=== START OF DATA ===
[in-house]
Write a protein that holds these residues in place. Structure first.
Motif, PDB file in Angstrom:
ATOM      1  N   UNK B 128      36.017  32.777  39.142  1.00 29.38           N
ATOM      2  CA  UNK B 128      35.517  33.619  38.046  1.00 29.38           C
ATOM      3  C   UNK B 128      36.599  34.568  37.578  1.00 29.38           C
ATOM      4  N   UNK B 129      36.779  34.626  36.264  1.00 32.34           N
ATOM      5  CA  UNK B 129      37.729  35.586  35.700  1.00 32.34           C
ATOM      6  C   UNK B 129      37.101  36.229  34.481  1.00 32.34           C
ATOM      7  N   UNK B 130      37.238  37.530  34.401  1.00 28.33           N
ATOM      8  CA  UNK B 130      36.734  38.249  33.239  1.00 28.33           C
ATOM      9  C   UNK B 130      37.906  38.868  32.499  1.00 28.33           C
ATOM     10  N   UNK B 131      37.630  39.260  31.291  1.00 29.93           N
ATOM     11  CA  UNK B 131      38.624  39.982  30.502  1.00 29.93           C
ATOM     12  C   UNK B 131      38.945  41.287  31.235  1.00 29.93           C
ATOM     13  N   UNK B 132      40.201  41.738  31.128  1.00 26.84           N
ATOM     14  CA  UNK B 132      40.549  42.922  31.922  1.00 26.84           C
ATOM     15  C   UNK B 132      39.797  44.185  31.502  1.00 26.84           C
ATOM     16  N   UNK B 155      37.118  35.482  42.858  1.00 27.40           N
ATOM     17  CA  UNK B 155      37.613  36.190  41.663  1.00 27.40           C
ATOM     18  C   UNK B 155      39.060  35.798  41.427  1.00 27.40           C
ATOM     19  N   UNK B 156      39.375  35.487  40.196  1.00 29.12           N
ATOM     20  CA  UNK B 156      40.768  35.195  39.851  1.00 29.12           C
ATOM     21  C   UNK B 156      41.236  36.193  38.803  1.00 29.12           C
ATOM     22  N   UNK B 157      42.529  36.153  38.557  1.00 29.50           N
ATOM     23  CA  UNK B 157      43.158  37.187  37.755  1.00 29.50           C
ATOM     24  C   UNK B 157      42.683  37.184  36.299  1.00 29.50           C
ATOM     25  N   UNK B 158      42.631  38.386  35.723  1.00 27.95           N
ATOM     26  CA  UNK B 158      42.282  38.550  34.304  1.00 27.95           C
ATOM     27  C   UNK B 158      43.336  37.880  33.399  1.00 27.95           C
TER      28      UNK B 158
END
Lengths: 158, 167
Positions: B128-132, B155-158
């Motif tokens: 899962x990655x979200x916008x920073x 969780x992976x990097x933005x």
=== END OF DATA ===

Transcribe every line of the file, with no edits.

[in-house]
Write a protein that holds these residues in place. Structure first.
Motif, PDB file in Angstrom:
ATOM      1  N   UNK B 128      36.017  32.777  39.142  1.00 29.38           N
ATOM      2  CA  UNK B 128      35.517  33.619  38.046  1.00 29.38           C
ATOM      3  C   UNK B 128      36.599  34.568  37.578  1.00 29.38           C
ATOM      4  N   UNK B 129      36.779  34.626  36.264  1.00 32.34           N
ATOM      5  CA  UNK B 129      37.729  35.586  35.700  1.00 32.34           C
ATOM      6  C   UNK B 129      37.101  36.229  34.481  1.00 32.34           C
ATOM      7  N   UNK B 130      37.238  37.530  34.401  1.00 28.33           N
ATOM      8  CA  UNK B 130      36.734  38.249  33.239  1.00 28.33           C
ATOM      9  C   UNK B 130      37.906  38.868  32.499  1.00 28.33           C
ATOM     10  N   UNK B 131      37.630  39.260  31.291  1.00 29.93           N
ATOM     11  CA  UNK B 131      38.624  39.982  30.502  1.00 29.93           C
ATOM     12  C   UNK B 131      38.945  41.287  31.235  1.00 29.93           C
ATOM     13  N   UNK B 132      40.201  41.738  31.128  1.00 26.84           N
ATOM     14  CA  UNK B 132      40.549  42.922  31.922  1.00 26.84           C
ATOM     15  C   UNK B 132      39.797  44.185  31.502  1.00 26.84           C
ATOM     16  N   UNK B 155      37.118  35.482  42.858  1.00 27.40           N
ATOM     17  CA  UNK B 155      37.613  36.190  41.663  1.00 27.40           C
ATOM     18  C   UNK B 155      39.060  35.798  41.427  1.00 27.40           C
ATOM     19  N   UNK B 156      39.375  35.487  40.196  1.00 29.12           N
ATOM     20  CA  UNK B 156      40.768  35.195  39.851  1.00 29.12           C
ATOM     21  C   UNK B 156      41.236  36.193  38.803  1.00 29.12           C
ATOM     22  N   UNK B 157      42.529  36.153  38.557  1.00 29.50           N
ATOM     23  CA  UNK B 157      43.158  37.187  37.755  1.00 29.50           C
ATOM     24  C   UNK B 157      42.683  37.184  36.299  1.00 29.50           C
ATOM     25  N   UNK B 158      42.631  38.386  35.723  1.00 27.95           N
ATOM     26  CA  UNK B 158      42.282  38.550  34.304  1.00 27.95           C
ATOM     27  C   UNK B 158      43.336  37.880  33.399  1.00 27.95           C
TER      28      UNK B 158
END
Lengths: 158, 167
Positions: B128-132, B155-158
């Motif tokens: 899962x990655x979200x916008x920073x 969780x992976x990097x933005x």